The E484K mutation in the SARS-CoV-2 spike protein reduces but does not abolish neutralizing activity of human convalescent and post-vaccination sera

medRxiv. 2021 Jan 29;2021.01.26.21250543. doi: 10.1101/2021.01.26.21250543. Preprint

Abstract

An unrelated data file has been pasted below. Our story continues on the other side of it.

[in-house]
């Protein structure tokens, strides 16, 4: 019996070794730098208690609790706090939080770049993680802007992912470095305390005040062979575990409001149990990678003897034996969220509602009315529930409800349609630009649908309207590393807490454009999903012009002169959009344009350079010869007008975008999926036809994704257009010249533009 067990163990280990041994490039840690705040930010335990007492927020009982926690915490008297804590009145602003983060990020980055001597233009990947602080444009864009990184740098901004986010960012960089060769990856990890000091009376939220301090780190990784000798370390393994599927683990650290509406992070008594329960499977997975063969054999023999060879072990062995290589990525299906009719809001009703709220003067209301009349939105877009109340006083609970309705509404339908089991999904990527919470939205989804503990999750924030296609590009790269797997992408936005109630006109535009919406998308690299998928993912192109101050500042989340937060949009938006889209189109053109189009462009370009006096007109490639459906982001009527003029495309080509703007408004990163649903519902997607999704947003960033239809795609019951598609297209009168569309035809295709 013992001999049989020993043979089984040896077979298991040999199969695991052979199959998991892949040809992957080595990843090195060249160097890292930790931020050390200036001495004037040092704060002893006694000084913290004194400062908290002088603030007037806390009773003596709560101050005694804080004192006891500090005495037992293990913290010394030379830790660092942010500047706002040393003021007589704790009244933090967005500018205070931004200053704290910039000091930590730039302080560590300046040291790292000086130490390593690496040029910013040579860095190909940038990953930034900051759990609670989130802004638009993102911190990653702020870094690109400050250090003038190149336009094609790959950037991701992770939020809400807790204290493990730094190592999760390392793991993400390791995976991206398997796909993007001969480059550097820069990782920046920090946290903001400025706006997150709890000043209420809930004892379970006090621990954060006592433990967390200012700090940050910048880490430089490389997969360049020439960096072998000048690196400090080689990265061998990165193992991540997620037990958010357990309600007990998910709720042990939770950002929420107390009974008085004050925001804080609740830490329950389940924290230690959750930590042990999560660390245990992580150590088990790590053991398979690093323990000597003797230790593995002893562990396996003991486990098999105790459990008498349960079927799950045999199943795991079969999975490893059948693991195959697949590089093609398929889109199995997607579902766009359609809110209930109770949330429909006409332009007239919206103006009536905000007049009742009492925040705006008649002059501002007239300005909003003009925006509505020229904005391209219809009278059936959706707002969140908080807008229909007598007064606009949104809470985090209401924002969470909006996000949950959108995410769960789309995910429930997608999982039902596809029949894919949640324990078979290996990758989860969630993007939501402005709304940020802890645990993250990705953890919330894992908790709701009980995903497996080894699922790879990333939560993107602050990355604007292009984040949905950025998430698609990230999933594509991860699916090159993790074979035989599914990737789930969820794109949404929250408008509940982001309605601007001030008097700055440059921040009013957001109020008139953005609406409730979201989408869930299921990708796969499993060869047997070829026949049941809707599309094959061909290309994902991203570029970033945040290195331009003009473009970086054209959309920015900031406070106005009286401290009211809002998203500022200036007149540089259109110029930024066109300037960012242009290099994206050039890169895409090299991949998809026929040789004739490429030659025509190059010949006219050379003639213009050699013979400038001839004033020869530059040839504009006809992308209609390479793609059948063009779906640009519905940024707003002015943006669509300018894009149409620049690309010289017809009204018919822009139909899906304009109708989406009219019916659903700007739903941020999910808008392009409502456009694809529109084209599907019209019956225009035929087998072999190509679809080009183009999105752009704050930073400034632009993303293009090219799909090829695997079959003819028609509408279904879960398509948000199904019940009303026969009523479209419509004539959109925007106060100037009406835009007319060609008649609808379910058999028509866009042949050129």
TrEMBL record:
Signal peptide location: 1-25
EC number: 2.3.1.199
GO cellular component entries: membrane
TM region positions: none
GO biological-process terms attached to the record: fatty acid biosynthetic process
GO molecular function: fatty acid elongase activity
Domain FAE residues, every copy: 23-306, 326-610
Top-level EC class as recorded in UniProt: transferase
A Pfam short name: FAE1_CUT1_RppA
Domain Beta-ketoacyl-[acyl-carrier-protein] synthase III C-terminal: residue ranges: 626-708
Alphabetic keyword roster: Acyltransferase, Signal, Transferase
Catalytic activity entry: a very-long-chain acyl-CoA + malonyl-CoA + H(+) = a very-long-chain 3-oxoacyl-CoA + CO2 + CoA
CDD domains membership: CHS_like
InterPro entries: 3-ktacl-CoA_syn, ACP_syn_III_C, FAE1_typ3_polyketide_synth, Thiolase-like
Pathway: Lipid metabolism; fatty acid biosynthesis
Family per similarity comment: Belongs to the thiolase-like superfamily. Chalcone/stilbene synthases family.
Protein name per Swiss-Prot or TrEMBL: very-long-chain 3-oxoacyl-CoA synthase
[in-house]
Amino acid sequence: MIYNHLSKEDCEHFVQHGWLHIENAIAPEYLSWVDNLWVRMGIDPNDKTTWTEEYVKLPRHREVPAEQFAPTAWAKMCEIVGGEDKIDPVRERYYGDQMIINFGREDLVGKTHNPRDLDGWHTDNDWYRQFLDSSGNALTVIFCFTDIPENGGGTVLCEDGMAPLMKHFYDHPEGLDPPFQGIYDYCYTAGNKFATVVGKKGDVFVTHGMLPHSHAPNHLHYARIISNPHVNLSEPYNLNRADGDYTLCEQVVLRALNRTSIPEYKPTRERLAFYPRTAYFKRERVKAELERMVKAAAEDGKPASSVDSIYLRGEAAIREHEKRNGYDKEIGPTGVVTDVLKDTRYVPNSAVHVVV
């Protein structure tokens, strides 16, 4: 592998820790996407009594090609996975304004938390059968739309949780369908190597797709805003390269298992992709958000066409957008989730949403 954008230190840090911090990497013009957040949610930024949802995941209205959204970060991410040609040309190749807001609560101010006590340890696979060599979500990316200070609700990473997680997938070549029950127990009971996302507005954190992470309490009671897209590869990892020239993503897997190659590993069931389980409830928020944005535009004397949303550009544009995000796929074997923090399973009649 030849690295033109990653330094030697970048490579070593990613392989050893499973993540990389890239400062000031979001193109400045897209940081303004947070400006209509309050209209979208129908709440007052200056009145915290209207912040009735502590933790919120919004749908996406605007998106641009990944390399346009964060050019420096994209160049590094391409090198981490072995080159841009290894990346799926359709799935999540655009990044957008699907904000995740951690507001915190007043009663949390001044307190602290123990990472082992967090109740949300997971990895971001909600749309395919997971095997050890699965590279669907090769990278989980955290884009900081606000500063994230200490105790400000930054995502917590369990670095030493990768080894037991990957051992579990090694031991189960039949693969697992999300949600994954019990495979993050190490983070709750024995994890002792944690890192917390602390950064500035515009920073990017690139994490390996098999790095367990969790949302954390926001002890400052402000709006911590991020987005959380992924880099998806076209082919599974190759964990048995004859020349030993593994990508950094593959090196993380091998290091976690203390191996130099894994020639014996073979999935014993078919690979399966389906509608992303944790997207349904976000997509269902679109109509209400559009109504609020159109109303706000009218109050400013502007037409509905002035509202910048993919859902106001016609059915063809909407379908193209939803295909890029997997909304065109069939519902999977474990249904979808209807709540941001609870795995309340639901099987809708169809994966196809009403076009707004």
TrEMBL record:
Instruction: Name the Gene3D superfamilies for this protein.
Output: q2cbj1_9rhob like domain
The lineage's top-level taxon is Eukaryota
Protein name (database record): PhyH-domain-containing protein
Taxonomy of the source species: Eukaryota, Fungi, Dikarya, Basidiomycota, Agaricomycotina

One year in the coronavirus disease 2019 (COVID-19) pandemic, the first vaccines are being rolled out under emergency use authorizations. It is of great concern that newly emerging variants of severe acute respiratory syndrome coronavirus 2 (SARS-CoV-2) can escape antibody-mediated protection induced by previous infection or vaccination through mutations in the spike protein. The glutamate (E) to Lysine (K) substitution at position 484 (E484K) in the receptor binding domain (RBD) of the spike protein is present in the rapidly spreading variants of concern belonging to the B.1.351 and P.1 lineages. We performed in vitro microneutralization assays with both the USA-WA1/2020 virus and a recombinant (r)SARS-CoV-2 virus that is identical to USA-WA1/2020 except for the E484K mutation introduced in the spike RBD. We selected 34 sera from study participants based on their SARS-CoV-2 spike ELISA antibody titer (negative [N=4] versus weak [N=8], moderate [N=11] or strong positive [N=11]). In addition, we included sera from five individuals who received two doses of the Pfizer SARS-CoV-2 vaccine BNT162b2. Serum neutralization efficiency was lower against the E484K rSARS-CoV-2 (vaccination samples: 3.4 fold; convalescent low IgG: 2.4 fold, moderate IgG: 4.2 fold and high IgG: 2.6 fold) compared to USA-WA1/2020. For some of the convalescent donor sera with low or moderate IgG against the SARS-CoV-2 spike, the drop in neutralization efficiency resulted in neutralization ID50 values similar to negative control samples, with low or even absence of neutralization of the E484K rSARS-CoV-2. However, human sera with high neutralization titers against the USA-WA1/2020 strain were still able to neutralize the E484K rSARS-CoV-2. Therefore, it is important to aim for the highest titers possible induced by vaccination to enhance protection against newly emerging SARS-CoV-2 variants. Two vaccine doses may be needed for induction of high antibody titers against SARS-CoV-2. Postponing the second vaccination is suggested by some public health authorities in order to provide more individuals with a primer vaccination. Our data suggests that this may leave vaccinees less protected against newly emerging variants.

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